Persecuted across Africa, LGBTI refugees could be fast-tracked for resettlement if they came out, but horrific experience has taught them not to speak the truth and to just try to remain invisible
NAIROBI (Thomson Reuters Foundation) – Barry’s parents were murdered, his children were poisoned, and he has been repeatedly raped because of his sexuality.
“I think it would be better if I died,” said the 23-year-old, who declined to give his real name. “I just think about drinking poison because of all the problems I have.”
Barry is a transgender Burundian man, living in Kenya as a refugee.
“I talk like a woman, but I have been like this since I was small. I tell myself God made me like this,” he said, dressed in a diamante-studded black halter top with neatly braided hair that reaches his shoulders.
“When they beat me, I try to stop being gay. I can’t… It’s something in your heart.”
Like many Lesbian Gay Bisexual Transgender and Intersexual (LGBTI) people in the region, he does not define his sexuality according to Western categories. Gay is the term most people use for anyone who is not heterosexual.
In Burundi, as across most of Africa, same sex relations are illegal and homophobia is widespread.
When a work colleague in Burundi found out that Barry had slept with a man, he was chased by a mob, including police officers. He sought safety in his parents’ house, but another mob murdered them.
En route to Kenya with his wife and children, he was gang raped by four men. In a Kenyan refugee camp, he was beaten up and raped again, and his one- and four-year-old children were poisoned “so that they did not become gay like me”, he said.
Fortunately, his children survived, but in Nairobi, he is still not safe.
“If I go out, I will be killed,” he told Thomson Reuters Foundation.
STIGMATISED AND ATTACKED
Kenya is a magnet for people fleeing persecution across the region - those escaping war in Somalia, the Sudans and the Democratic Republic of Congo, as well as political refugees from Ethiopia and Rwanda.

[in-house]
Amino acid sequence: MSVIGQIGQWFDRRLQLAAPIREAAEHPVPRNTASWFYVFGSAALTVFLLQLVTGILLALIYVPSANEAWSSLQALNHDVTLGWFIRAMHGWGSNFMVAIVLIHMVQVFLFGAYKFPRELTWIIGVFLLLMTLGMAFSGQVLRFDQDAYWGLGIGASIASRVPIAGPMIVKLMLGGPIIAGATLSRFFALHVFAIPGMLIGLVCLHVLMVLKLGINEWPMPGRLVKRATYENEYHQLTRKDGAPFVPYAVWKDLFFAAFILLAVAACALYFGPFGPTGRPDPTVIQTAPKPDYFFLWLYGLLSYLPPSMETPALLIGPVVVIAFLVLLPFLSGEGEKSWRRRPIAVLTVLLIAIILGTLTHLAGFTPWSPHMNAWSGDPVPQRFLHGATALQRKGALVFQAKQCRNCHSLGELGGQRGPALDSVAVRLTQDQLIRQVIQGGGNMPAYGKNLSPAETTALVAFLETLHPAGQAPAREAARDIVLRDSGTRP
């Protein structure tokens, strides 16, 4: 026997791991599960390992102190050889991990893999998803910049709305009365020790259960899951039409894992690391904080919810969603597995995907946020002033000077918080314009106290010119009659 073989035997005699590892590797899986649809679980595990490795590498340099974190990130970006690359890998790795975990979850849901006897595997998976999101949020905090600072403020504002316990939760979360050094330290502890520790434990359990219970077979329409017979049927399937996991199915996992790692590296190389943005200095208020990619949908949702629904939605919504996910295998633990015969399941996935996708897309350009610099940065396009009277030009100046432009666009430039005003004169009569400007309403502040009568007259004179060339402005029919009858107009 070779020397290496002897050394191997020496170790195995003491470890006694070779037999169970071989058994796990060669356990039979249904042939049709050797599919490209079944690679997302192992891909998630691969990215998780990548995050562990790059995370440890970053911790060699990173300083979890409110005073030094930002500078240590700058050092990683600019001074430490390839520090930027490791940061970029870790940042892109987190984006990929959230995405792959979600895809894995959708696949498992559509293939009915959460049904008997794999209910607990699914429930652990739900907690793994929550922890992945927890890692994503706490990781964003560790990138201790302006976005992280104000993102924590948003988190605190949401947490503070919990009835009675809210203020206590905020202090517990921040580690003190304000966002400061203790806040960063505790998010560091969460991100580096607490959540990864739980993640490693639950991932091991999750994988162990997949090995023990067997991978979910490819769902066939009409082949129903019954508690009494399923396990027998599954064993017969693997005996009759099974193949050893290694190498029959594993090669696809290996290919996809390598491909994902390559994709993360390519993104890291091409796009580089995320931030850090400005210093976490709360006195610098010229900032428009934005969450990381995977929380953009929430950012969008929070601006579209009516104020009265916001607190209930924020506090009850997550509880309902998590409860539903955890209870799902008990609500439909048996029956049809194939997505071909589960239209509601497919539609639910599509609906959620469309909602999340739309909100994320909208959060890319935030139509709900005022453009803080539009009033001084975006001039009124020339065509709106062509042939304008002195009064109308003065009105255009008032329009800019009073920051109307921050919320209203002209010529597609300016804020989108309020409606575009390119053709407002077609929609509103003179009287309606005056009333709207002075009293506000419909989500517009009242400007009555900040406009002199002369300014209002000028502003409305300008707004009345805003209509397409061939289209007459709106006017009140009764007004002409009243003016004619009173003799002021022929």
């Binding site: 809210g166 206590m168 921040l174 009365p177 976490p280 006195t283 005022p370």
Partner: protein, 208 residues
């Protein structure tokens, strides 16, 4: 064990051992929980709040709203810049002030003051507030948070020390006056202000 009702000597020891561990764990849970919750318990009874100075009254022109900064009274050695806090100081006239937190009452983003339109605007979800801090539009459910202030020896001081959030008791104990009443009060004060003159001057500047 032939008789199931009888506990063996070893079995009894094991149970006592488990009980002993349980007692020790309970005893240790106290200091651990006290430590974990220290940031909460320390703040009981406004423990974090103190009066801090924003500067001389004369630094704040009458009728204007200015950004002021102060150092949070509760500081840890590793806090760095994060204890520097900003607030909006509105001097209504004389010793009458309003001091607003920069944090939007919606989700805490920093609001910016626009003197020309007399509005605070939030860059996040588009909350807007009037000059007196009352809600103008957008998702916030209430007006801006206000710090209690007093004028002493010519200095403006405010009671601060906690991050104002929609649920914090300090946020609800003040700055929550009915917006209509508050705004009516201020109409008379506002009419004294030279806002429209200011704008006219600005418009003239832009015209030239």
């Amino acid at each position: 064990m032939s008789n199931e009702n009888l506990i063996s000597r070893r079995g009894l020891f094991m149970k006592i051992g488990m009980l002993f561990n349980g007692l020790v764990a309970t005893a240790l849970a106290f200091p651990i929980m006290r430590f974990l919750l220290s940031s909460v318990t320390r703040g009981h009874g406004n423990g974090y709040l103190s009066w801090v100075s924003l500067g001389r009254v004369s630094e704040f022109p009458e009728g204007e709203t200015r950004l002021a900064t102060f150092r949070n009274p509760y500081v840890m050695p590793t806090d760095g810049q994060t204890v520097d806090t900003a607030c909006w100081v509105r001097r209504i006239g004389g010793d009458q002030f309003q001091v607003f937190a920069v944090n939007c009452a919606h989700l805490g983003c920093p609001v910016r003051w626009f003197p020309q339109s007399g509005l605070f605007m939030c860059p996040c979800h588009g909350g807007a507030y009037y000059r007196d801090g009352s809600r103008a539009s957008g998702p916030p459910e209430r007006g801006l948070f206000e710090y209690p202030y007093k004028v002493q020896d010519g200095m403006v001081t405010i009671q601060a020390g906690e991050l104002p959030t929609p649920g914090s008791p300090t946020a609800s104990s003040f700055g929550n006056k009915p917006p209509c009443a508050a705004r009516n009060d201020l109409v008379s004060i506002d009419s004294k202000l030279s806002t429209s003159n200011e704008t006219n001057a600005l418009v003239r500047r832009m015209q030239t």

Its strong LGBTI movement also makes it slightly less dangerous for sexual minorities than neighbouring countries.
Still, homosexuality is punishable by up to 14 years in prison in Kenya. While no one has been convicted, the law makes it easy for police, neighbours and other refugees to blackmail, harass and kill sexual minorities.
A gay Somali refugee was doused in petrol and nearly set alight by a crowd of Somali youths before an older woman saved him, according to Human Rights First.
A gay refugee couple received threatening text messages saying, “you are recruiting our children to homosexuality and we will kill you”, a lawyer working with one of the men said.
“His partner was poisoned and he died… He [the surviving partner] got a text saying: ‘You are next.’”
EVERYONE HAS TRIED TO KILL ME
With no one to protect them, LGBTI refugees try to remain invisible.
The majority do not know that persecution gives them grounds for international protection. LGBTI refugees can usually get fast-tracked for resettlement because their first country of asylum, Kenya, criminalises sex relations.
“They are scared to go and say [they are LGBTI] because the same homophobic attitude that is out there in the society is the same within the [refugee] agencies,” said the lawyer, who asked that she not be named for fear of a government crackdown on organisations aiding LGBTI people.
It took three months for Barry to tell the U.N. refugee agency (UNHCR) - which is responsible for granting refugee status - that he was transgender. Initially, he lied and said he was fleeing conflict in Burundi.
“I hid it from them [UNHCR]. I knew if they found out, they would chase me away,” he said. “Everyone who has found out that I am gay has tried to kill me and my family.”
It was only when he told the truth to refugee camp doctors, who were treating him for rectal bleeding and post-traumatic stress disorder, that he found out that he could claim asylum because of his sexuality.
LGBTI refugees usually only seek help when they are desperate.
“Most of them end up in sex work and get infected, get AIDS and die without any form of assistance,” said the lawyer.
“They are really traumatised. Most of them will say… ‘I cannot understand why God made me the way he made me. I would wish that I die and wake up 'normal’.”
Her organisation has rescued refugees who were being held as sex slaves.
“You will have sex with strangers, or anyone who is brought to you, and your host will make money out of it,” she said they are told.
Although there are many agencies assisting refugees in Kenya, hardly any focus on reaching out to LGBTI refugees.
In the last four years, the lawyer’s organisation has been contacted by about 200 LGBTI refugees. She believes there are hundreds more living in Kenya who could get help if they knew their rights.
The legal process often takes about two years, and her organisation only has two people working with LGBTI refugees. Only 45 have been resettled so far.
Read more about Barry’s story here.
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